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 Bombs in Unusual Places 
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Post Bombs in Unusual Places
In Rayner's The Long Fight, it mentions, in the action between the San Fiorenzo and the French 50-gun Piemontaise, that as part of her armament the Piemontaise had a bomb slung from her yards ready to drop on any enemy vessesl she could close on. In the case of the San F it wasn't successful, but in the Appendix of the book, it states that the Terpsichore was in action against the French Sémillante when the latter was "able to release one of her bombs, and although it killed the crews of four of the miship guns it neither damaged the guns themselves nor stopped their being fired....."

I found this interesting as I'd never read of those before... as I said in another thread, it's one big learning curve. :)

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Thu Mar 16, 2006 6:30 pm
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I just got to the part in Rayner's book where the bomb is mentioned. Interesting, as you said. I wonder if this was purely a French weapon?

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Thu May 18, 2006 6:27 pm
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I'm not quite sure if the following qualifies as a bomb, but it is unusual. I found it in Marshall's Practical Marine Gunnery by George Marshall.

It's called "Artificial Earthquake." It was made from a mixture of sulphur and iron filings, which was kneaded in plain water until the mixture formed a paste. The paste was then buried in the ground and..."in 8 or 10 hours time burst out into flames and cause the earth to tremble all around to a considerable distance."

I can't think of what they would use this for, except for a delayed unpleasant surprise.

(Don't try this at home!)

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Sat May 20, 2006 7:59 pm
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Post Re: Bombs in Unusual Places
Mil Goose wrote:
In Rayner's The Long Fight, it mentions, in the action between the San Fiorenzo and the French 50-gun Piemontaise, that as part of her armament the Piemontaise had a bomb slung from her yards ready to drop on any enemy vessesl she could close on. In the case of the San F it wasn't successful, but in the Appendix of the book, it states that the Terpsichore was in action against the French Sémillante when the latter was "able to release one of her bombs, and although it killed the crews of four of the miship guns it neither damaged the guns themselves nor stopped their being fired....."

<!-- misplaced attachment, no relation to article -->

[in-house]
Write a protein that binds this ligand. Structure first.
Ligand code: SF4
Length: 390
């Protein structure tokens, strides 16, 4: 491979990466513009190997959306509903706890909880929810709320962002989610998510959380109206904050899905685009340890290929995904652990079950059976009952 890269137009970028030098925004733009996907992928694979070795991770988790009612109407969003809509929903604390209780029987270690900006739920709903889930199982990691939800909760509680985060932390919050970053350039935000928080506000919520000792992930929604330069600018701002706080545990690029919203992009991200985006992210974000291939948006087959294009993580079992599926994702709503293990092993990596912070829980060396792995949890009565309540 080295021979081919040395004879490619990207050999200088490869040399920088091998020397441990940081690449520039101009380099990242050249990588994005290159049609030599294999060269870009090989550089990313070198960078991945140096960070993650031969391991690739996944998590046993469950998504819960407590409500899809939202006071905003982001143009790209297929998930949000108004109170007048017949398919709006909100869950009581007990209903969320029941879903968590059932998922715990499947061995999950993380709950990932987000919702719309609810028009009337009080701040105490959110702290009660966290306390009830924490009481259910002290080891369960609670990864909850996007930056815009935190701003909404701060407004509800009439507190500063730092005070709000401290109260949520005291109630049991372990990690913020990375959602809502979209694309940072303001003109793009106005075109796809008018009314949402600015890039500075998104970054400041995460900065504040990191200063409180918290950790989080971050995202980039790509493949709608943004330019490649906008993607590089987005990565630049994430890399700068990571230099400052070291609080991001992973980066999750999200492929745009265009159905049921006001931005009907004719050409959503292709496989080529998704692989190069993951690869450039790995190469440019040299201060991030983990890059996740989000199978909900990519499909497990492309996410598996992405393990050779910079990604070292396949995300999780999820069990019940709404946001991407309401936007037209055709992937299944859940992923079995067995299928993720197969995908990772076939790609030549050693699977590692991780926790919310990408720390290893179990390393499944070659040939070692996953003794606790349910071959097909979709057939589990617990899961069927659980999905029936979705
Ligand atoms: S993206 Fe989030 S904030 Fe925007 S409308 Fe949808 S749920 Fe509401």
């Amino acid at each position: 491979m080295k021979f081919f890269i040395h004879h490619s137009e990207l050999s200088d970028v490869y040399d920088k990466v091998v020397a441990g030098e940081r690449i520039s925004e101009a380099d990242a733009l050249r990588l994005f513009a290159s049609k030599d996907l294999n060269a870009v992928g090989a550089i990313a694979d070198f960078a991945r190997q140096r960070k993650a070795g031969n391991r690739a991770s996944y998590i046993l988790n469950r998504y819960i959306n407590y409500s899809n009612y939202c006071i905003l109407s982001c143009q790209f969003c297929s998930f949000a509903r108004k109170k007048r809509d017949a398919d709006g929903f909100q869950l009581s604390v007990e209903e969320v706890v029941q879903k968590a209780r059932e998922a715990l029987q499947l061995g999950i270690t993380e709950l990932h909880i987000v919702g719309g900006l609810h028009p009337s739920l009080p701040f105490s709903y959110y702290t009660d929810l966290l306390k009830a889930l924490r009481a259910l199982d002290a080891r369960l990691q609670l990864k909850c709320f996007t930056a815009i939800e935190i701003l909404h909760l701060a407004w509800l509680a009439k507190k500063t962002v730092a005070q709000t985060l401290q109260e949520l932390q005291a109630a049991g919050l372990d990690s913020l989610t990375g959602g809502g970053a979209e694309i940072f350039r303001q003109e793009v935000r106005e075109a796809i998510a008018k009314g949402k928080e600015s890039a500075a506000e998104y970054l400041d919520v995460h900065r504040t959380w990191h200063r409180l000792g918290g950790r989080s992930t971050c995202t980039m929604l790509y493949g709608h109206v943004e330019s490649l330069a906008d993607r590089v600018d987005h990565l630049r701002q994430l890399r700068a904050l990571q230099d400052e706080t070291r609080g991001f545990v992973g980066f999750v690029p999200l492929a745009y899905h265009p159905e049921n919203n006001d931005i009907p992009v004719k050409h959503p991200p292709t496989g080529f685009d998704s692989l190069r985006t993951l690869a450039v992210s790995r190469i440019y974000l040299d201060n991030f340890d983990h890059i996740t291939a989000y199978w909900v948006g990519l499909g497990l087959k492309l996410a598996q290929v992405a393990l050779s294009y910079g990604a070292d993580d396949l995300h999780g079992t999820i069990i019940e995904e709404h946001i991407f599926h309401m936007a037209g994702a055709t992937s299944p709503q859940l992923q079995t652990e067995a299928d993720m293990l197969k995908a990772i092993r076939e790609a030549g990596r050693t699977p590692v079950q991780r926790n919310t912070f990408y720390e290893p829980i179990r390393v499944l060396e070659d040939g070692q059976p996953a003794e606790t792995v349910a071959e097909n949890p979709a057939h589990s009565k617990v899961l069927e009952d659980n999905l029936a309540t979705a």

The bombs mentioned here (both battles fought in 1808) seem to have been larger than what was used in the battle between the American "Bonhomme Richard" (40) and HMS "Serapis" (44) off Flamborough Head in 1779.

In that earlier encounter, a Scottish sailor, William Hamilton, aboard the American ship, climbed out on the mainyard and dropped several small bombs onto the deck of the British frigate. One of these small bombs (grenades) fell through an open hatch and detonated below, igniting some gunpowder. The resulting explosion (causing the damaged mainmast to topple, a flash fire that set men ablaze, and dismounting a number of guns) was critical in causing the British captain, Pearson, to surrender the "Serapis" to John Paul Jones.

Even though, in Mary's post above, the impression is given that the bombs were larger since they was slung from the yards (tied aloft), I wonder if those bombs were really that much larger since they functioned as similar antipersonnel devices leaving the guns ready to be fired by a new crew. In Jones' battle, he was extremely fortunate that the bomb dropped upon the "Serapis" chanced to explode near some gunpowder.

Click Here for a brief account of the "Bonhomme Richard" - "Serapis" battle.

Don


Fri Jun 01, 2007 9:16 am
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susan wrote:
I'm not quite sure if the following qualifies as a bomb, but it is unusual. I found it in Marshall's Practical Marine Gunnery by George Marshall.

It's called "Artificial Earthquake." It was made from a mixture of sulphur and iron filings, which was kneaded in plain water until the mixture formed a paste. The paste was then buried in the ground and..."in 8 or 10 hours time burst out into flames and cause the earth to tremble all around to a considerable distance."

I can't think of what they would use this for, except for a delayed unpleasant surprise.

(Don't try this at home!)


I hope I understand you in the right way.
This paste was buried in the ground and blows up after 8-10 hours without ignition?
Thats, erm, a bit uncontrollable (I hope this is the right word for that what I want to say :wink: ) and on board a man of war not useful, I think, didn't it.
Imagine, the gunner mixed up this paste and the enemie's ship didn't come.

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Fri Jun 01, 2007 12:47 pm
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I have heard of this technique of placing explosives off yardarms ready to drop into approaching vessels in boarding attempts. Your good old resource of Boarders Away II by Gilkerson should have a good portion of a chapter on it.


Sun Jun 03, 2007 3:23 am
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